Well, it took its time, but winter has finally arrived. And with it, for some people, the arrival of another unwelcome guest inside the home – condensation.
The occasional spot of condensation isn’t an issue. But if you’re mopping up pools of water from floors and window ledges regularly, it might be that you have an ongoing problem with condensation in your home.
If that’s the case, it’s important to understand what’s causing the problem and what steps you can take to reduce it, before it can do permanent damage.
What causes condensation?
When warm air (which can absorb large amounts of moisture in the form of water vapour) meets a cold object such as a window, its temperature is reduced. If it falls below what is known as its ‘dew point’, some of the absorbed moisture will turn back into water and settle in droplets on the window surface, creating the film we see as condensation
The colder the surface (think single glazed windows in the middle of winter), the warmer the air in your home and the higher the moisture level within it, the worse your condensation problem will be.
So where does all the moisture come from?
Pretty much everything we do in our homes generates some kind of moisture.
In the kitchen, saucepans, kettles and dishwashers all give off steam that is readily absorbed by the air. Bathrooms, of course, are a major source of moisture, as are damp clothes that are left out to dry on radiators during the winter months.
Freestanding heaters increase your home’s moisture content – up to 350cc per hour for a gas heater, and as much 4 litres for every 3.5 litres of fuel burned in a paraffin heater.
Houseplants draw water up through their roots and release it as water vapour from their leaves and our breathing adds yet more moisture to the air around us. Even in our sleep, we produce up to half a litre of moisture per person over the course of an 8 hour night.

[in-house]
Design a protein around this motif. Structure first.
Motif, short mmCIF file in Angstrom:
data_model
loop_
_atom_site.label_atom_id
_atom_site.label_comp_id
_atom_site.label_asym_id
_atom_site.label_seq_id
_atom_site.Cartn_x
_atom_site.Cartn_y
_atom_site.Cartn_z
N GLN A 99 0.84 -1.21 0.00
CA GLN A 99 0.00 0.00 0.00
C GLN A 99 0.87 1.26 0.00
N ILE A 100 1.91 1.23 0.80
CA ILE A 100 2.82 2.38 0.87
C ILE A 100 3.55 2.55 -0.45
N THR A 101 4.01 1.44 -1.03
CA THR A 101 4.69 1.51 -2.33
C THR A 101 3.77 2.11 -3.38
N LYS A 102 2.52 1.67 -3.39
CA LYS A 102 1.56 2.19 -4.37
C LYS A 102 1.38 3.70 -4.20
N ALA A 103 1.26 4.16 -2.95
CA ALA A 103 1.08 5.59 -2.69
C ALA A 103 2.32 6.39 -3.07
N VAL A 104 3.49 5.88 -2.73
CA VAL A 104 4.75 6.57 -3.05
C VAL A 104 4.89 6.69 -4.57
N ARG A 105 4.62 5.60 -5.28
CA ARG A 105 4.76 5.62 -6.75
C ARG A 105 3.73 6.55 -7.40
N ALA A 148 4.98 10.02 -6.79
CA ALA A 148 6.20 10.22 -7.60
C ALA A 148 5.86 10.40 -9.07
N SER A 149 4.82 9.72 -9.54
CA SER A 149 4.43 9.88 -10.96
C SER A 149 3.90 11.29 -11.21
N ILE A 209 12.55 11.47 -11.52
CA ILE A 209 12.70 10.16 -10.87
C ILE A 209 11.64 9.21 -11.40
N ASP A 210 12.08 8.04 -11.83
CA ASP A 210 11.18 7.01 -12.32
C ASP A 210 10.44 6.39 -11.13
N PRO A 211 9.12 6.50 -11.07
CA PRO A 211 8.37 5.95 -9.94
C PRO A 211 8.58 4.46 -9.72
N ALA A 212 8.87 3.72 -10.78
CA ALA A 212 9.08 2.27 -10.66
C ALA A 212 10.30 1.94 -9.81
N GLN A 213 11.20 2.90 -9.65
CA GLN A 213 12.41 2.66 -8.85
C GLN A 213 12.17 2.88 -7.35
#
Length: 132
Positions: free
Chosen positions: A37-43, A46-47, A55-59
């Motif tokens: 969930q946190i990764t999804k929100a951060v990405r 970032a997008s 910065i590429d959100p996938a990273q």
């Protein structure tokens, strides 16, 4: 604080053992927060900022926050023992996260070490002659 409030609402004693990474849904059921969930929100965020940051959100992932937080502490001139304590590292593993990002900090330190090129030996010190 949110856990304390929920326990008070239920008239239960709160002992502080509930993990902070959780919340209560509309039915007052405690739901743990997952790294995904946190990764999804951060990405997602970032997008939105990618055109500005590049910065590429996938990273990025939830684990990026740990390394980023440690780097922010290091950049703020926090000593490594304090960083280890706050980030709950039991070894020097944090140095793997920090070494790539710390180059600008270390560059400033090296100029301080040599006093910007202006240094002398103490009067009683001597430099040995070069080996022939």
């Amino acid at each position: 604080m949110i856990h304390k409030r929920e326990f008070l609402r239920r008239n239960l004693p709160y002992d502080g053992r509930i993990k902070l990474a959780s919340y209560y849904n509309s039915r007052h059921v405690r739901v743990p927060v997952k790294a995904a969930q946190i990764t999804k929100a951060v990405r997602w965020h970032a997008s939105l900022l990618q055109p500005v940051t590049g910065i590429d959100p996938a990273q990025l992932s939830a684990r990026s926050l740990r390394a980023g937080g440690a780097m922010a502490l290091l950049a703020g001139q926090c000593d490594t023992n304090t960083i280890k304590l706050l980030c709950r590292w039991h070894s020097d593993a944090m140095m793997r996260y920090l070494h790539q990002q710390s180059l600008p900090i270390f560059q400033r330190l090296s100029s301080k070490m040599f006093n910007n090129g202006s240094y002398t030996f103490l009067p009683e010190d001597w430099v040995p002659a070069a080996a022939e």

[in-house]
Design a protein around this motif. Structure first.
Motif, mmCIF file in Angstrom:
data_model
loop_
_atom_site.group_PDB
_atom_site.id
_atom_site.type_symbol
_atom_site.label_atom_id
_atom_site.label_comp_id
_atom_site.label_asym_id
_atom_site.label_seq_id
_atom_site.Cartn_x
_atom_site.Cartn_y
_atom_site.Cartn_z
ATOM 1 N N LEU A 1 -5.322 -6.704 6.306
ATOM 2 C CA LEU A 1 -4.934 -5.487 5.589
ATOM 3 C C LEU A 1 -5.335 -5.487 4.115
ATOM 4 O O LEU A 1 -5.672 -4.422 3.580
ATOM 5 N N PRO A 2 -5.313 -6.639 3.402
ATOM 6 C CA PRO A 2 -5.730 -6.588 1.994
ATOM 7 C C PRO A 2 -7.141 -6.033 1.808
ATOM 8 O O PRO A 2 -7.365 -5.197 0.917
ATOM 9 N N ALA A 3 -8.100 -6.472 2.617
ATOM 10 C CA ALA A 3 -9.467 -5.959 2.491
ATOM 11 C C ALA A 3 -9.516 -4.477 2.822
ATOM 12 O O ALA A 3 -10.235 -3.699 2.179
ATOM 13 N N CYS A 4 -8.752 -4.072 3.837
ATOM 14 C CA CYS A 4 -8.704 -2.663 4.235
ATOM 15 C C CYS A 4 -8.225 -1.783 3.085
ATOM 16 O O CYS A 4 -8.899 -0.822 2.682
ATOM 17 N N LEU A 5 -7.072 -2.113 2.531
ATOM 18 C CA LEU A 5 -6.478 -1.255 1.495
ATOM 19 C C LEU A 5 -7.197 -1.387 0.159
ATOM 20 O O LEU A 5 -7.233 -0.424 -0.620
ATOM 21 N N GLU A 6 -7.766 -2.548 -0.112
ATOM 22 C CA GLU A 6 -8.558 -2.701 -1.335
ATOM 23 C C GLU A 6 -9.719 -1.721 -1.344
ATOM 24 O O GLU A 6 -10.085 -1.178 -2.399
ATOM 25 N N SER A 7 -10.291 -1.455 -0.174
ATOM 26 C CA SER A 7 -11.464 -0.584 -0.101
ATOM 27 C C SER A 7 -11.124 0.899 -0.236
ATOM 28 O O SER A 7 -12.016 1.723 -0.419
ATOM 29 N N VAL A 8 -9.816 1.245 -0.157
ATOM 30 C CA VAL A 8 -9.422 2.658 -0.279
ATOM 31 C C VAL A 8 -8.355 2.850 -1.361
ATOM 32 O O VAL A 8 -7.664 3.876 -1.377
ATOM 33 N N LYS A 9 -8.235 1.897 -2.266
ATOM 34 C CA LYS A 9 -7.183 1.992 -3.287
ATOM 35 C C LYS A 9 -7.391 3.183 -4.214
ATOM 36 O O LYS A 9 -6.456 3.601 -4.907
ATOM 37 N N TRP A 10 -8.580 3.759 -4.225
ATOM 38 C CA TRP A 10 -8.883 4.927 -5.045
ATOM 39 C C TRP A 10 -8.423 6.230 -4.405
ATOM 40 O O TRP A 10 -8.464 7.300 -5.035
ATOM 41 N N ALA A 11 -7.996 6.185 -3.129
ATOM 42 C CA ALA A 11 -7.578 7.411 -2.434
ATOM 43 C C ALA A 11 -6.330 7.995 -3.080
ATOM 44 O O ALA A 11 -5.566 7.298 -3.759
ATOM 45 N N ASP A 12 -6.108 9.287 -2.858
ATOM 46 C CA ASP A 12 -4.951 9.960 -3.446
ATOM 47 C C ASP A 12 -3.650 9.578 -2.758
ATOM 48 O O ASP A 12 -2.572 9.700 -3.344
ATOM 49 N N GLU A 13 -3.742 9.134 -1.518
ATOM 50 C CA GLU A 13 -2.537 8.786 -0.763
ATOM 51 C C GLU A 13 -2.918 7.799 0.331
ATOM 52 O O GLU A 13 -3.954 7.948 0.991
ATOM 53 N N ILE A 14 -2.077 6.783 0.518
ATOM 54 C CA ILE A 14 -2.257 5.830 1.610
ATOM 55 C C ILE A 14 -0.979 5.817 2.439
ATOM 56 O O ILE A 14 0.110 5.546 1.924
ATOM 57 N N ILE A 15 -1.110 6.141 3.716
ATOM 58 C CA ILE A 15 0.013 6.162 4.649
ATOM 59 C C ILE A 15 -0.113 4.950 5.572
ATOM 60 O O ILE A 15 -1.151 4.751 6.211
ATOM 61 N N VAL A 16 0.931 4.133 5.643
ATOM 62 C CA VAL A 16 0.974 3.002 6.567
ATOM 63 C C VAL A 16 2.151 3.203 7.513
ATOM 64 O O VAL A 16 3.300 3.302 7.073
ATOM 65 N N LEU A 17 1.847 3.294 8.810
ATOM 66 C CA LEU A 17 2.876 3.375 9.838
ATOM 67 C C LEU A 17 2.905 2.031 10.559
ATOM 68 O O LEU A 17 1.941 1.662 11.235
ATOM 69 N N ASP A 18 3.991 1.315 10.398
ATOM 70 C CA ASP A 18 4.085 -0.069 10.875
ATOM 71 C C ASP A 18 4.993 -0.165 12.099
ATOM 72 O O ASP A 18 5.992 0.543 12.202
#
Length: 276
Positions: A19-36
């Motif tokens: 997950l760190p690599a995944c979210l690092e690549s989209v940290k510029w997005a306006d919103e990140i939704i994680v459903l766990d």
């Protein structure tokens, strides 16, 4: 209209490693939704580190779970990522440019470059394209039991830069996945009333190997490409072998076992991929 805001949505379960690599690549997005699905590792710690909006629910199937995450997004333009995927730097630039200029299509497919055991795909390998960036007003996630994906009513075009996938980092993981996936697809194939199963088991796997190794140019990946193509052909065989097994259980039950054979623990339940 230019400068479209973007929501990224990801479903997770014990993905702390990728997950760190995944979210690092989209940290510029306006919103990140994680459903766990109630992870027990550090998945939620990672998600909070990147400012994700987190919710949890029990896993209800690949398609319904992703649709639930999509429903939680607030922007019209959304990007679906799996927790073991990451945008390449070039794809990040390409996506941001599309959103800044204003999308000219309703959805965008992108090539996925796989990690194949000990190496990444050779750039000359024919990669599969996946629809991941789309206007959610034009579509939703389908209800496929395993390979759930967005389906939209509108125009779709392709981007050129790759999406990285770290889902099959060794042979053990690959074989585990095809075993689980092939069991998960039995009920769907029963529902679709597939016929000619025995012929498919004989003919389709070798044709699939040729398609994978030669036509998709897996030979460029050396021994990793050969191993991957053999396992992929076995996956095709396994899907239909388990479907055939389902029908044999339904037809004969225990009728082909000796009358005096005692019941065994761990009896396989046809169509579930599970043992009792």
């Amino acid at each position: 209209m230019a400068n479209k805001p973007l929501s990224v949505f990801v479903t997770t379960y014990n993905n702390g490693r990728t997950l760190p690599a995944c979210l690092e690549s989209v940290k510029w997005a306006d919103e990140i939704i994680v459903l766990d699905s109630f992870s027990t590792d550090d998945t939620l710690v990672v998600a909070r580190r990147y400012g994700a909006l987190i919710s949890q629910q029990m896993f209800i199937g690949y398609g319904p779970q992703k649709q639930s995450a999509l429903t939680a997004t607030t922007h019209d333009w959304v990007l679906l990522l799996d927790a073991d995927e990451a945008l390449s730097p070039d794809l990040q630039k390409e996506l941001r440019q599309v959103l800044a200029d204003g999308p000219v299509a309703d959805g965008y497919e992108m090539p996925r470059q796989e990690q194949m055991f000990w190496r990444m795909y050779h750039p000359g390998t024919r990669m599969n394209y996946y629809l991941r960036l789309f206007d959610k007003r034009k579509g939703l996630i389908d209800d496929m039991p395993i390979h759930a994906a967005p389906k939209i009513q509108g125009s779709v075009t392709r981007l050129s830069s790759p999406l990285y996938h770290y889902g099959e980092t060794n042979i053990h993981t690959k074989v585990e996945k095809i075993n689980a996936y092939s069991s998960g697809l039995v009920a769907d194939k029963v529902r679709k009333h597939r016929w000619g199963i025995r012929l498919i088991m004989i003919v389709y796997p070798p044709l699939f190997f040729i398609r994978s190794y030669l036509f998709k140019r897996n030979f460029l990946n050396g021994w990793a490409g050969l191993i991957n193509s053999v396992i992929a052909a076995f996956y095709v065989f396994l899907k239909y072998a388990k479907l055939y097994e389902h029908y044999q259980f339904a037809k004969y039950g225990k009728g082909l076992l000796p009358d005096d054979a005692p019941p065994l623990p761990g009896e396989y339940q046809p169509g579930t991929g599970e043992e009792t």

Plus, if you live in a new build home, all the moisture absorbed by bricks, plaster and other building materials during construction – up to 7000 litres for an average 3 bedroom house – will be released back into the air as they dry out.
In the past, all that moist air could escape up chimneys, through open windows and around our ill-fitting front doors. But as we’ve made our houses more comfortable and energy efficient, we’ve sealed the gaps that allow air to circulate, increasing moisture levels inside the home and creating the perfect conditions for condensation to develop.
The effects of condensation on your home and family
Condensation isn’t simply the inconvenience of ‘steamy windows’. Excess moisture of any kind can cause lasting damage to window frames, curtains, wallpaper and furniture.
It can even be a risk to your family’s health. Damp and moisture encourage mould, and mould spores in the air can, in some cases, lead to serious illness, particularly among children with respiratory problems such as asthma and those with a weakened immune system.
So if you find yourself with a condensation problem, it’s important you take steps to tackle it. Keeping your home properly heated and opening windows for at least part of the day to let moist air escape can make a big difference, but if condensation persists, you can find further advice on dealing with it on the Eurocell website at http://www.eurocell.co.uk/homeowners/windows/how-tostop-condensation